Clinical Neuroscientist Training Program (R25)

The University of Michigan Clinical Neuroscientist Training Program is a NIH sponsored program aimed at accelerating the career development of clinician-scientists. There is an increasing gap between our ability to treat neurologic diseases and our growing understanding of normal and diseased nervous system functions.  The pursuit of better potential patient treatments requires an improved integration of basic neuroscience research with clinical practice across the translational spectrum, from basic discovery through preclinical and clinical research to implementation.

To improve integration and bridge this translational gap, the U-M Departments of Neurology, Neurosurgery, and Pathology sponsor the U-M Clinical Neuroscientist Training Program (UMCNTP) residency track.

Supported by a R25 grant from the National Institutes of Neurologic Disease and Stroke, UMCNTP facilitates the development of neurologist, neurosurgeon, or neuropathologist physician-scientists pursuing either laboratory-based or clinical research.  Designed for individuals with significant prior research experience, the UMCNTP offers two years of mentored research experience during residency and/or incorporating an immediate post-residency year in an outstanding research environment.

Mentored Training

The UMCNTP integrates clinical work with mentored research training, preparing clinician-neuroscientists for independent research careers across the full spectrum of disease-oriented neuroscience study. Under the guidance of experienced senior investigators, resident-fellows focus on didactic and hands-on training that prepares them for successful career development applications such as K08, K23, VA CDA, or equivalents.

Preceptors:

Recent Awardees:

Jason Chua, MD

Biography: Dr. Chua's primary research interest is in neurodegenerative disease, with a special focus on pathways of protein quality control and their impact on disease pathogenesis. After completing his undergraduate degree in Biology and Classical Studies at Brown University, Dr. Chua earned his MD and PhD through the Medical Scientist Training Program at the University of Michigan Medical School. His thesis work investigated the influence of SUMOylation and macroautophagy on disease pathogenesis in spinobulbar muscular atrophy, or Kennedy's disease. His work was supported by the F31 Ruth L. Kirschstein National Research Service Award through the National Institute of Neurologic Disorders and Stroke. He is currently undergoing residency training in neurology at Michigan Medicine and plans to specialize in Movement Disorders.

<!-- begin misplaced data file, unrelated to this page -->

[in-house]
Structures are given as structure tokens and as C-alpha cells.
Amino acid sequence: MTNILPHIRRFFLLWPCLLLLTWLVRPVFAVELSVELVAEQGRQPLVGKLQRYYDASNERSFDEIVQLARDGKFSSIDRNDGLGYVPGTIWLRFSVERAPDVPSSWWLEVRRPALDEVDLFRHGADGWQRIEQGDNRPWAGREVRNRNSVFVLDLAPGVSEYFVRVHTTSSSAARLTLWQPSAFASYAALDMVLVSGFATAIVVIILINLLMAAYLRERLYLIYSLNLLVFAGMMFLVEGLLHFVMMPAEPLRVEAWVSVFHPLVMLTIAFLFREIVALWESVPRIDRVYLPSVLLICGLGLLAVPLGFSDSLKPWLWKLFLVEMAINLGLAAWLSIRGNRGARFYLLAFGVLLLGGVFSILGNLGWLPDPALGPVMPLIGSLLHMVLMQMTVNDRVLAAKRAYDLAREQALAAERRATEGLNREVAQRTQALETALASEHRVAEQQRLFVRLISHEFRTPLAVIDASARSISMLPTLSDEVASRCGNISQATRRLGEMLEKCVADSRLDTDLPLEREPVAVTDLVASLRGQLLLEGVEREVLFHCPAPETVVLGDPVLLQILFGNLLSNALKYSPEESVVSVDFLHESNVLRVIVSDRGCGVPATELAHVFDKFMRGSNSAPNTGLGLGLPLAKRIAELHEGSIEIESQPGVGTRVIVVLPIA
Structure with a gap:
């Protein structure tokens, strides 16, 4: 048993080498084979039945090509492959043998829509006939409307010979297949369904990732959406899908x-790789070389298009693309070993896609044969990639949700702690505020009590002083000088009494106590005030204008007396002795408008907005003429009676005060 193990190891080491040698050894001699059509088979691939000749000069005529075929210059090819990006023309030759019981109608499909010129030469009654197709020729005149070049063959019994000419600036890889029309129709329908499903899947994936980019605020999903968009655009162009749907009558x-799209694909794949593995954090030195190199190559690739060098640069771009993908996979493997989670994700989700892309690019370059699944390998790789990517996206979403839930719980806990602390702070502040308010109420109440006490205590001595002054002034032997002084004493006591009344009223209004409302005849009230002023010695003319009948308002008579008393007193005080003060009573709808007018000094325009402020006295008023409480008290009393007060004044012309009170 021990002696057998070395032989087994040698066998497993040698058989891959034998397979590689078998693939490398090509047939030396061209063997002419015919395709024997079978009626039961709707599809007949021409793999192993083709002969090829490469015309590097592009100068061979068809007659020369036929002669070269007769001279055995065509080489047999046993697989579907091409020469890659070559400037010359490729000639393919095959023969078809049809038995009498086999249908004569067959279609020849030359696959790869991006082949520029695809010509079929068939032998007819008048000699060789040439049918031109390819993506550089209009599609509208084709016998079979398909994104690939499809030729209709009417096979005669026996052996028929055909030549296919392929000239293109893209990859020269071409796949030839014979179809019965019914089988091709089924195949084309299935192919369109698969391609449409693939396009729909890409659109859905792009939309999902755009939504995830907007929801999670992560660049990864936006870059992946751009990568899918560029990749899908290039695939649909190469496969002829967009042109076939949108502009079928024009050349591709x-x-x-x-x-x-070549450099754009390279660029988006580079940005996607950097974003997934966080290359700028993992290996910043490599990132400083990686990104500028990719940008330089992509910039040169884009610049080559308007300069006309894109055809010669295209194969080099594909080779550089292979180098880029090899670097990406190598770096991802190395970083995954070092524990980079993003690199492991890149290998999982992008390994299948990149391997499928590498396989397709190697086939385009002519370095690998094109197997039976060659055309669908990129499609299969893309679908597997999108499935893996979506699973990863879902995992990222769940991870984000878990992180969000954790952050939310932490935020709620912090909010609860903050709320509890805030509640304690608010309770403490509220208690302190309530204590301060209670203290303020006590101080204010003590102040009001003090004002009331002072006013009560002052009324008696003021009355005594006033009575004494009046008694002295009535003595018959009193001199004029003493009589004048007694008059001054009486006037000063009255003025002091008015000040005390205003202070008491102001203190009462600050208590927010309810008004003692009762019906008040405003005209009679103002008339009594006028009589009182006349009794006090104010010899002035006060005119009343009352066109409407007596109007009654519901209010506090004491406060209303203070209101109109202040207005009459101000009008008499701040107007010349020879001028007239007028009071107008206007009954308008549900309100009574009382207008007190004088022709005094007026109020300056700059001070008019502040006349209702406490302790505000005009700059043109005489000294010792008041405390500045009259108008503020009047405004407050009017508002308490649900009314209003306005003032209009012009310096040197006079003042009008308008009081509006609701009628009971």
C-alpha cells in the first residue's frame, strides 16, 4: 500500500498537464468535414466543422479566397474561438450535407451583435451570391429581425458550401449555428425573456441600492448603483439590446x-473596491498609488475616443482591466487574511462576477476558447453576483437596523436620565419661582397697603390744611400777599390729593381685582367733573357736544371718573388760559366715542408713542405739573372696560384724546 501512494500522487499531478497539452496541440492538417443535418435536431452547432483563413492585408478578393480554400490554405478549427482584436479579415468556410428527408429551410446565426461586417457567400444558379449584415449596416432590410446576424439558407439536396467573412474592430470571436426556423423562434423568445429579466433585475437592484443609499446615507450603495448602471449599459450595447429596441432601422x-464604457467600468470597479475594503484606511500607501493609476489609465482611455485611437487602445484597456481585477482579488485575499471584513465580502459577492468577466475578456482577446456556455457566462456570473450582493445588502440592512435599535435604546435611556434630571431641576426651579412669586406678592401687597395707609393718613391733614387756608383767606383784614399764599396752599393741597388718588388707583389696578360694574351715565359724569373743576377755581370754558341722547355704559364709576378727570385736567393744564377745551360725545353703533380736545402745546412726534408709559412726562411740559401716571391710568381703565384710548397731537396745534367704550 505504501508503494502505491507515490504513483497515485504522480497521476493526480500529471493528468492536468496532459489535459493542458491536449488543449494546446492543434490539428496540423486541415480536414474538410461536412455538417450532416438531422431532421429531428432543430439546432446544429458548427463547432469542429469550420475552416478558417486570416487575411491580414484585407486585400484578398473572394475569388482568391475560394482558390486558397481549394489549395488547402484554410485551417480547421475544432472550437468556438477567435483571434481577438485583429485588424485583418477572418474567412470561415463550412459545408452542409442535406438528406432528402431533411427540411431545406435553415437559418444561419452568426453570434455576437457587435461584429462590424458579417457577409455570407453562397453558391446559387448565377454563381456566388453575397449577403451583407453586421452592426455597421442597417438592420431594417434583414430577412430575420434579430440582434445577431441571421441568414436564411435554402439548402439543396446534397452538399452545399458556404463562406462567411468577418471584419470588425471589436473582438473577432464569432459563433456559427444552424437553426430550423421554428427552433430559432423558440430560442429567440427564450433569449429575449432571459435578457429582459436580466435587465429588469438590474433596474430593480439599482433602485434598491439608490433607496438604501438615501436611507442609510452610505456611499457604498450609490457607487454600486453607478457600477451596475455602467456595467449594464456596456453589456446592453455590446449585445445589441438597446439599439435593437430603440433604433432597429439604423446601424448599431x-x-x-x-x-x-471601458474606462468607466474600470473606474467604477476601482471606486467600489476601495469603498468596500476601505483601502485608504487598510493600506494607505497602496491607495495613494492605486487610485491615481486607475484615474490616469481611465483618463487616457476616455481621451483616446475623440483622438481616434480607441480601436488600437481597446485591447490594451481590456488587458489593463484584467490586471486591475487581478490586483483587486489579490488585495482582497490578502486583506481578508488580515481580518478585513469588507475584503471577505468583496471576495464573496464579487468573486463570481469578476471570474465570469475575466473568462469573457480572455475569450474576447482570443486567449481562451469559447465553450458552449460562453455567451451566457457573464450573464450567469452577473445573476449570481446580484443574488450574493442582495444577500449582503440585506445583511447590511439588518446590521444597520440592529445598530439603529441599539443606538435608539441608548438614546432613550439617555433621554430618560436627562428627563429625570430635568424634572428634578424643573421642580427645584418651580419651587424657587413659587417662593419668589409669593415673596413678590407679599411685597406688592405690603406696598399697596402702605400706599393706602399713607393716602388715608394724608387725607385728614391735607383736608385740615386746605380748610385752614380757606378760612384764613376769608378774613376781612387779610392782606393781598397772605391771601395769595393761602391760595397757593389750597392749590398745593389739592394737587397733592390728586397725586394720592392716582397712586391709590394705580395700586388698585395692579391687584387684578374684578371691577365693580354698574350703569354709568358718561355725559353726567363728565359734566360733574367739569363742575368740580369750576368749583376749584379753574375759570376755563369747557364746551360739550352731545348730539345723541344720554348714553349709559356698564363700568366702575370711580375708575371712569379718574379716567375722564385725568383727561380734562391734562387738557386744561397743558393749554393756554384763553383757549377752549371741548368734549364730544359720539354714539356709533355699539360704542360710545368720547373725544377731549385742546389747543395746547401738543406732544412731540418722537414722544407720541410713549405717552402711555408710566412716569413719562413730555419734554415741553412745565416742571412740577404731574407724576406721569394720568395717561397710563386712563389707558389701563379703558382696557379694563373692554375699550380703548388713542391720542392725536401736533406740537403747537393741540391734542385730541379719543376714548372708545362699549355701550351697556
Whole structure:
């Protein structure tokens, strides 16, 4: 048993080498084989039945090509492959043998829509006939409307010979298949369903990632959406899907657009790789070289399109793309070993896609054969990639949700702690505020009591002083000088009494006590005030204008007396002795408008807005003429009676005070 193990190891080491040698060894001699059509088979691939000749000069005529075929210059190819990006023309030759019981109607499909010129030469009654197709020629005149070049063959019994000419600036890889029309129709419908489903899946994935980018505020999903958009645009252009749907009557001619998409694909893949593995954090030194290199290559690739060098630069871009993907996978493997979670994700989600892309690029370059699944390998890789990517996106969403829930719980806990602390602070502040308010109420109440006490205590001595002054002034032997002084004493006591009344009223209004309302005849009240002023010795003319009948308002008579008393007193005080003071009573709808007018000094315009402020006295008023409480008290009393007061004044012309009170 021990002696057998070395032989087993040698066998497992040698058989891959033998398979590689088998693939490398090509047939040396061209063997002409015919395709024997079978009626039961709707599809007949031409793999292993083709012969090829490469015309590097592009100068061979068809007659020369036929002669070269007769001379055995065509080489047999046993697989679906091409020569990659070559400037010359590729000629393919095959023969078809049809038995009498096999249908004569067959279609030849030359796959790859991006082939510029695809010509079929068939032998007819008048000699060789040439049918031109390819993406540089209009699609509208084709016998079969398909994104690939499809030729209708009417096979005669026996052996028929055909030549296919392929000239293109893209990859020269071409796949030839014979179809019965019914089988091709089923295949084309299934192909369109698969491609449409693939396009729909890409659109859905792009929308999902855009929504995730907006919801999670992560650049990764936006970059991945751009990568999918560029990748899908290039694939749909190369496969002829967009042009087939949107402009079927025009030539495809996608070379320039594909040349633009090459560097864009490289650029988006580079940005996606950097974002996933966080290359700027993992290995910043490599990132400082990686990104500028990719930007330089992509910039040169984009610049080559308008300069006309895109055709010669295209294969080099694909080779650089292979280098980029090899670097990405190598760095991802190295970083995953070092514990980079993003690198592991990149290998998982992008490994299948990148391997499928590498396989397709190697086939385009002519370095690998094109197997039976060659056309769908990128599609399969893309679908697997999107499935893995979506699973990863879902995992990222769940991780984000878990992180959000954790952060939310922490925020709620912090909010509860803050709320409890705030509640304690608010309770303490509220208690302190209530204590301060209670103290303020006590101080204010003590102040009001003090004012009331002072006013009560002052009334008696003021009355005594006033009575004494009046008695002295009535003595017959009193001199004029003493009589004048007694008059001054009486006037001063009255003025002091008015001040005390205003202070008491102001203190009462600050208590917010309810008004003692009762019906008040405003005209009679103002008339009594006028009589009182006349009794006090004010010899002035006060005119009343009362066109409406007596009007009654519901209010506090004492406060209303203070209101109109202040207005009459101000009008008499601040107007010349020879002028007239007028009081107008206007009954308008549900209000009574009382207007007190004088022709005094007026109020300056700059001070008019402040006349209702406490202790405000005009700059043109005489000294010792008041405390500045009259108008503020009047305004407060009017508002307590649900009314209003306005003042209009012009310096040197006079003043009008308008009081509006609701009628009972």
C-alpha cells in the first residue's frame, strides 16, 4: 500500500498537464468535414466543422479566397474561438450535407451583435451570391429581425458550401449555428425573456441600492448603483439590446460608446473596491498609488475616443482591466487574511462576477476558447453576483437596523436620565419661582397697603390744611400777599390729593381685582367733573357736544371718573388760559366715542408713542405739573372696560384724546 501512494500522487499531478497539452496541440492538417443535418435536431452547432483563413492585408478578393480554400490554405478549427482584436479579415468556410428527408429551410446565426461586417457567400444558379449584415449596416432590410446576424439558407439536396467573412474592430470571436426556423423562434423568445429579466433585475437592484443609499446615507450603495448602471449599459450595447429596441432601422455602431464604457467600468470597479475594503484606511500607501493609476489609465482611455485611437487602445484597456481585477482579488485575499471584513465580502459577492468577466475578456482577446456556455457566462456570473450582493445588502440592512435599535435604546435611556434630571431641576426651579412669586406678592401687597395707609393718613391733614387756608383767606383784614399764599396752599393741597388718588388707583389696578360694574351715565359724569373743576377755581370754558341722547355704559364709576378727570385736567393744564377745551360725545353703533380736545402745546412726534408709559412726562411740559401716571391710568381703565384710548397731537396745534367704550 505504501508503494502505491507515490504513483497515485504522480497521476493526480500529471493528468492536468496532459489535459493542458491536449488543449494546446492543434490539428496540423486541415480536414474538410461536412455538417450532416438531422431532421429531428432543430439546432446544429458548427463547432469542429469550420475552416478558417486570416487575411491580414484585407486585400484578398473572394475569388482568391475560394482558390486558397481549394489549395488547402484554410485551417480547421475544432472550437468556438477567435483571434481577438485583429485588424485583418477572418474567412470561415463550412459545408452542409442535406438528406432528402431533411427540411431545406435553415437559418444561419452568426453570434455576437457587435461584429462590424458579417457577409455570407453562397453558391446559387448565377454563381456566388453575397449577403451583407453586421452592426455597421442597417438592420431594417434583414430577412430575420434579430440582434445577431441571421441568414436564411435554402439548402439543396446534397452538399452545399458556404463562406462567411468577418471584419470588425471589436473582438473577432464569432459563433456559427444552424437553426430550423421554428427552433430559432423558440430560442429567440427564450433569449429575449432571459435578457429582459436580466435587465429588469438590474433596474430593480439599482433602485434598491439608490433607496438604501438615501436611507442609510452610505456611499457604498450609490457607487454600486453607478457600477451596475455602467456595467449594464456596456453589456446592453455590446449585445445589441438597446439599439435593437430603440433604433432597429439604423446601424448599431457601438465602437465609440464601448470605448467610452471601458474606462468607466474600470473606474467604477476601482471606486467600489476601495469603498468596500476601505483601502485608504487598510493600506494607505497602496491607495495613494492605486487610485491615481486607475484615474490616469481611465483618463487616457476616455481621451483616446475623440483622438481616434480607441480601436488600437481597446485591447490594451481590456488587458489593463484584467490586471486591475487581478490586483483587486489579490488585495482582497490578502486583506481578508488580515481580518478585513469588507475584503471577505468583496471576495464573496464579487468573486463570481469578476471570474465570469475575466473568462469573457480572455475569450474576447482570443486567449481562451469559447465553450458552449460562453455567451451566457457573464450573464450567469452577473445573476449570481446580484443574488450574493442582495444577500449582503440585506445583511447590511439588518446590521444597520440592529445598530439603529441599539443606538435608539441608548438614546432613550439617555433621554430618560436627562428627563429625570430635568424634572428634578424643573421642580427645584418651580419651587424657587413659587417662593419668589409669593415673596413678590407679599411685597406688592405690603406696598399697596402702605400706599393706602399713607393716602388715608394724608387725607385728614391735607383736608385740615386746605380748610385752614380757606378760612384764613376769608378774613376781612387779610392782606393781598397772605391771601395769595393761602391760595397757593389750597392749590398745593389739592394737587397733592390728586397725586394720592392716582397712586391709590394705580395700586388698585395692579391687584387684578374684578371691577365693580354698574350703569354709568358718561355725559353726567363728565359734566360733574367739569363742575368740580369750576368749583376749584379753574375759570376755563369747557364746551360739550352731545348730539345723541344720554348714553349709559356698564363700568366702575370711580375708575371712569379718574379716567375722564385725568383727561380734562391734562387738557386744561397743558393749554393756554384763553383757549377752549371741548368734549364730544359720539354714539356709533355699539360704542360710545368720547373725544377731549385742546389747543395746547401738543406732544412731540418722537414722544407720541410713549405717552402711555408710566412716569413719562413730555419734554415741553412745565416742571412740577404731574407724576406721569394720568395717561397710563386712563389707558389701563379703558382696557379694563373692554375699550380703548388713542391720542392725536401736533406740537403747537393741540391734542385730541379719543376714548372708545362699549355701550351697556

Project Title: Characterizing the molecular and cell-specific determinants of neuronal autophagy.  

Project description: Using an induced pluripotent stem cell (iPSC) model system derived from fibroblasts of amyotrophic lateral sclerosis (ALS) patients, Dr. Chua will determine the specific RNA and protein effectors that differentially regulate neuronal autophagy compared to non-neuronal cell types. These studies will provide crucial information for  targeting neuronal autophagy in a novel, highly specific fashion for therapy development in ALS and other neurodegenerative diseases.

Project mentors: Sami Barmada, MD, PhD; Lois Weisman, PhD

Award & Qualifications

Residents typically apply formally for UMCNTP support during their initial residency years.  Discussions about joining the UNCNTP and qualifications for UMCNTP should begin during the residency application process and potential UNCNTP candidates should contact the Program Director, Dr. Albin (see below), for information during the application process.   Mentored research typically begins in mid-residency and incorporates up to 2 years of research time, possibly including a post-residency research year.  UMCNTP trainees are expected to devote a minimum of 80% time to mentored research activities.  Stipend levels are those of the house officers at that level of training.  UMCNTP applicant qualifications include substantial research experience including PhD training, MS training, or other extensive research experience as documented by a significant publication record. 

Application

Interested candidates should contact the UMCNTP Program Director, Roger Albin, M.D. at ralbin@umich.edu or 734-764-1347.

Program Director

Roger Albin MD

Roger Albin, MD

Anne B. Young Collegiate Professor of Neurology
Professor, Neurology
Associate Chair, Research